As a 21-year-old senior in college, Nancy Hirschmann encountered—and was forever changed by—German philosopher Hegel’s notoriously difficult passages in The Phenomenology of Spirit. Suddenly, she “broke through the wall” of the concept of the “master-slave dialectic” and its notion of consciousness and recognition. The act of reading a text, deciphering it, and understanding how it translates into a significant meaning kindled Hirschmann’s engagement with political theory.
For Hirschmann, grappling with Hegel’s work was like “solving a very complicated puzzle.” The formative experience of writing her college term paper (one of her proudest written accomplishments) led her to pursue an academic career as a political theorist.
I guess one of my formative Humanities Moments was when I read Hegel’s master-slave dialectic from The Phenomenology of the Spirit, because this was a very difficult passage to understand, obviously, not surprisingly for anyone who’s read it. Here I am, this 21-year-old senior in college, wrestling with this. We had very little lecture time spent on this reading, so I was really trying to grapple with it myself.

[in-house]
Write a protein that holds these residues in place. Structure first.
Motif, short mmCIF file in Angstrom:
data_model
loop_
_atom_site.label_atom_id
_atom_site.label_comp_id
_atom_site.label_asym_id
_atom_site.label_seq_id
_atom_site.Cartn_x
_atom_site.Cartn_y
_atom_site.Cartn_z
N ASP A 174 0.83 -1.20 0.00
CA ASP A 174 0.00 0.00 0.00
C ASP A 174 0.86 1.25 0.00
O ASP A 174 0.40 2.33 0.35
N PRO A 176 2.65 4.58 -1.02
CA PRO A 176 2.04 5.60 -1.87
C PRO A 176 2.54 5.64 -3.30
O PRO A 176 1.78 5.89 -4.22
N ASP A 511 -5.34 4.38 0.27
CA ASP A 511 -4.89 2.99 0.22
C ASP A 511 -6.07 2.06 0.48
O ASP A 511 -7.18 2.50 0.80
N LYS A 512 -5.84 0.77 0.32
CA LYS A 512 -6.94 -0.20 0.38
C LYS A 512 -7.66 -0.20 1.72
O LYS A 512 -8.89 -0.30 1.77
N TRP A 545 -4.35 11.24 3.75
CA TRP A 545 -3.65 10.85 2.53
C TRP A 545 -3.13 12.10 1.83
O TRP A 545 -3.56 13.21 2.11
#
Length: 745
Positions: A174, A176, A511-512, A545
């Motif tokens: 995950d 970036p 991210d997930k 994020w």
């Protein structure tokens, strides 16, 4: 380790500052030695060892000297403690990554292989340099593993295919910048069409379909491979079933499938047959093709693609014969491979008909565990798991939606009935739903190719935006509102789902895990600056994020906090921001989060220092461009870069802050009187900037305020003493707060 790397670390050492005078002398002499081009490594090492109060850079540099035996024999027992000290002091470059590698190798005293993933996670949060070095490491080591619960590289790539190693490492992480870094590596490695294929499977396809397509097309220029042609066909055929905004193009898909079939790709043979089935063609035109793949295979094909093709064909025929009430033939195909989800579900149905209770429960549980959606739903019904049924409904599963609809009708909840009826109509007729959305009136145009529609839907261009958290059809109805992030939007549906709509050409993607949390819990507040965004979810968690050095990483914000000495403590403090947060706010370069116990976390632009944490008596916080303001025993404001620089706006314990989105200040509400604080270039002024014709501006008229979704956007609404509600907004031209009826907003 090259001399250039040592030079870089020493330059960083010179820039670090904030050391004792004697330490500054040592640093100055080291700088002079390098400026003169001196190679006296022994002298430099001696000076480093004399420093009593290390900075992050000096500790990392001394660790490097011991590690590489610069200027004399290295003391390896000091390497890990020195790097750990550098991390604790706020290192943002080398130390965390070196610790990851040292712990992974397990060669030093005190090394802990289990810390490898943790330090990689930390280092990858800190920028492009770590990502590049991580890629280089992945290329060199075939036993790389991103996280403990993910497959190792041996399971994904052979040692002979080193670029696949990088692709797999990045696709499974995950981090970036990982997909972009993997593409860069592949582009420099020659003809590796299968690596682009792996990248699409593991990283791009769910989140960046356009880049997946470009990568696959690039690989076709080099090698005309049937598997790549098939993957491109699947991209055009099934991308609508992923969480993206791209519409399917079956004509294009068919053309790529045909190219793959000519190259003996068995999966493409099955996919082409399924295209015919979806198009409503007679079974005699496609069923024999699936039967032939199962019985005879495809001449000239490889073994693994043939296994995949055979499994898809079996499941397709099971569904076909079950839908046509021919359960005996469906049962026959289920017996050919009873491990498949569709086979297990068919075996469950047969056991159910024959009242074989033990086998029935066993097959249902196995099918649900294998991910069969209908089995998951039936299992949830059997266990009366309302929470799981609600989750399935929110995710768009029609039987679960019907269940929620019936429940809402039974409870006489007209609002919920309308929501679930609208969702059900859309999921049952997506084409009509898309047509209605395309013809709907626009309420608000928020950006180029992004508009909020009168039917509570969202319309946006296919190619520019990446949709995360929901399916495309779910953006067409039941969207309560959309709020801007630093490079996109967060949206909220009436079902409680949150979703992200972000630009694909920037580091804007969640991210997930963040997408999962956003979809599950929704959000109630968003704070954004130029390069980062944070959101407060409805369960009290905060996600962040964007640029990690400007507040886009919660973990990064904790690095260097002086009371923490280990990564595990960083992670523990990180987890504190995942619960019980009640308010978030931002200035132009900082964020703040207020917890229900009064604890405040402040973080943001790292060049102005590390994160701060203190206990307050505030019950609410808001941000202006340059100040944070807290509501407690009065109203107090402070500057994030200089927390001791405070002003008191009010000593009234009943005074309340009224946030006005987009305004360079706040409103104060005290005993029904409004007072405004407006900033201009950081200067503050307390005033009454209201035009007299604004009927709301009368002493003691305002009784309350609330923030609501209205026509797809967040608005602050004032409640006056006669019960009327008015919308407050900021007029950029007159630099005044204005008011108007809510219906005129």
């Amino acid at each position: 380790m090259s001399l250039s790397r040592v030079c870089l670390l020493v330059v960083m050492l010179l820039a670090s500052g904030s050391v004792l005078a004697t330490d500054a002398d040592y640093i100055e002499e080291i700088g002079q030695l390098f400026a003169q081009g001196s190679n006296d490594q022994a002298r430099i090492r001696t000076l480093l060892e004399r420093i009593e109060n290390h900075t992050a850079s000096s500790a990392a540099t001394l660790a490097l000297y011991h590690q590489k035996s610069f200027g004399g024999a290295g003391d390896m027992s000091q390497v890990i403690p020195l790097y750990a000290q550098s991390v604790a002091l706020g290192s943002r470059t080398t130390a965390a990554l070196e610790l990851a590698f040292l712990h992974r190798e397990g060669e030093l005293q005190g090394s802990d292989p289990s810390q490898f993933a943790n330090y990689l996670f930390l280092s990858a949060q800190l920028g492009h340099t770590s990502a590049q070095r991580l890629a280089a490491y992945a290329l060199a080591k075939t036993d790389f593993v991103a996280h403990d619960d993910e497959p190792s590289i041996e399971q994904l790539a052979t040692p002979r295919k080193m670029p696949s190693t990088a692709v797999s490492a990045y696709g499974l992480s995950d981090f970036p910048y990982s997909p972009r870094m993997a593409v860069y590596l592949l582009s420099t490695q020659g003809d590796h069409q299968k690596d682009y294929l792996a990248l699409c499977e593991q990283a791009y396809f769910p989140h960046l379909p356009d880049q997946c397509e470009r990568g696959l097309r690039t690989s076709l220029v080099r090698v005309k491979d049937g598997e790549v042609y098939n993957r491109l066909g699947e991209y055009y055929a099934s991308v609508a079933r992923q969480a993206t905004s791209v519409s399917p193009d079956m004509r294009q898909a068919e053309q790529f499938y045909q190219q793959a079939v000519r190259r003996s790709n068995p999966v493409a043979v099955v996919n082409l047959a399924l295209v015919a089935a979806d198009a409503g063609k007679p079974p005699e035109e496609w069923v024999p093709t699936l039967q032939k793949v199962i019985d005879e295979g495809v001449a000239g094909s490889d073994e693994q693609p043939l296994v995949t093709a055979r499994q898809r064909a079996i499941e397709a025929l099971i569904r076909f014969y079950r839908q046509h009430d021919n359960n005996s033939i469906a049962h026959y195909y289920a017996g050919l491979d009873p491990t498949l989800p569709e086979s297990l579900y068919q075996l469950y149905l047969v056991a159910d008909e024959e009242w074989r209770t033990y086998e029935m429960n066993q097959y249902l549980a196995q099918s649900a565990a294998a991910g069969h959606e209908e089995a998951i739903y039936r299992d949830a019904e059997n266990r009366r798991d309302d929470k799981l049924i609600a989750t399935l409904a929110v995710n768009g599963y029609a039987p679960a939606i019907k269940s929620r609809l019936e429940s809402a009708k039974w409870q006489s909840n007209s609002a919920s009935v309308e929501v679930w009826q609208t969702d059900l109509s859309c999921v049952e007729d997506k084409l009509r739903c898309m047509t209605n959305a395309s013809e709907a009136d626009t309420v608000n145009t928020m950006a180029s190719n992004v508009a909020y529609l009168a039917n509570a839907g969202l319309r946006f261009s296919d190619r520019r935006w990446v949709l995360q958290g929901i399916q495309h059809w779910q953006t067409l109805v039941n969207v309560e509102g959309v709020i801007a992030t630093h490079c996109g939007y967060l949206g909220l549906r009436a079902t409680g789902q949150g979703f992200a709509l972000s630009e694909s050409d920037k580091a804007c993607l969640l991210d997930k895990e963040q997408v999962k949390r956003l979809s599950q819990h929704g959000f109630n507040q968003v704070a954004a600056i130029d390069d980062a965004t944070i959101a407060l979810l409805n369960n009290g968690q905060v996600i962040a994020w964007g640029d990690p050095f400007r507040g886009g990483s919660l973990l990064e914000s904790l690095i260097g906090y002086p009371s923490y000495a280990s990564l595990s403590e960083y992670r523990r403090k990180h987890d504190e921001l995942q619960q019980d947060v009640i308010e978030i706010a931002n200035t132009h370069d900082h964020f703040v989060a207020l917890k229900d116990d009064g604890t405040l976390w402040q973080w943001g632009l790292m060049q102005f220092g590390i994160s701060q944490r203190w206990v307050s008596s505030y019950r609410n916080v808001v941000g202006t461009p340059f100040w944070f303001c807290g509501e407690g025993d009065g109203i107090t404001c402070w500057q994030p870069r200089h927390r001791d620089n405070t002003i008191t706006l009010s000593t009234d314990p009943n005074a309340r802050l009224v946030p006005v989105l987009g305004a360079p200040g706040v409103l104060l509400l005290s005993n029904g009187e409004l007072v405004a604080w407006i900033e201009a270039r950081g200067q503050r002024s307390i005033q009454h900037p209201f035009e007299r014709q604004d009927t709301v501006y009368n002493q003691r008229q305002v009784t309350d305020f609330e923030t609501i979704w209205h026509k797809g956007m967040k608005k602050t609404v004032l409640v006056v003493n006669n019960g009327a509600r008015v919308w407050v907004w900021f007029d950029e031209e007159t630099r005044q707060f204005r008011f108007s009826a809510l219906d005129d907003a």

All of a sudden, it just broke through. I broke through the wall, and I got what he meant by this whole notion of consciousness and recognition. I think that that was probably the best thing I’ve ever written in political theory, even though it was only an undergraduate term paper. I felt so engaged with the work. I felt so connected. It was like solving a very complicated puzzle. It really made me want to continue that feeling.
That’s why I ended up going on to become a political theorist, because I thought, “This is really exciting, the concept of reading a text, deciphering it, figuring out what the author is saying, but then also understanding how that translates into a meaning that has significance for the way all humanity lives.” I thought that was a very powerful moment for me.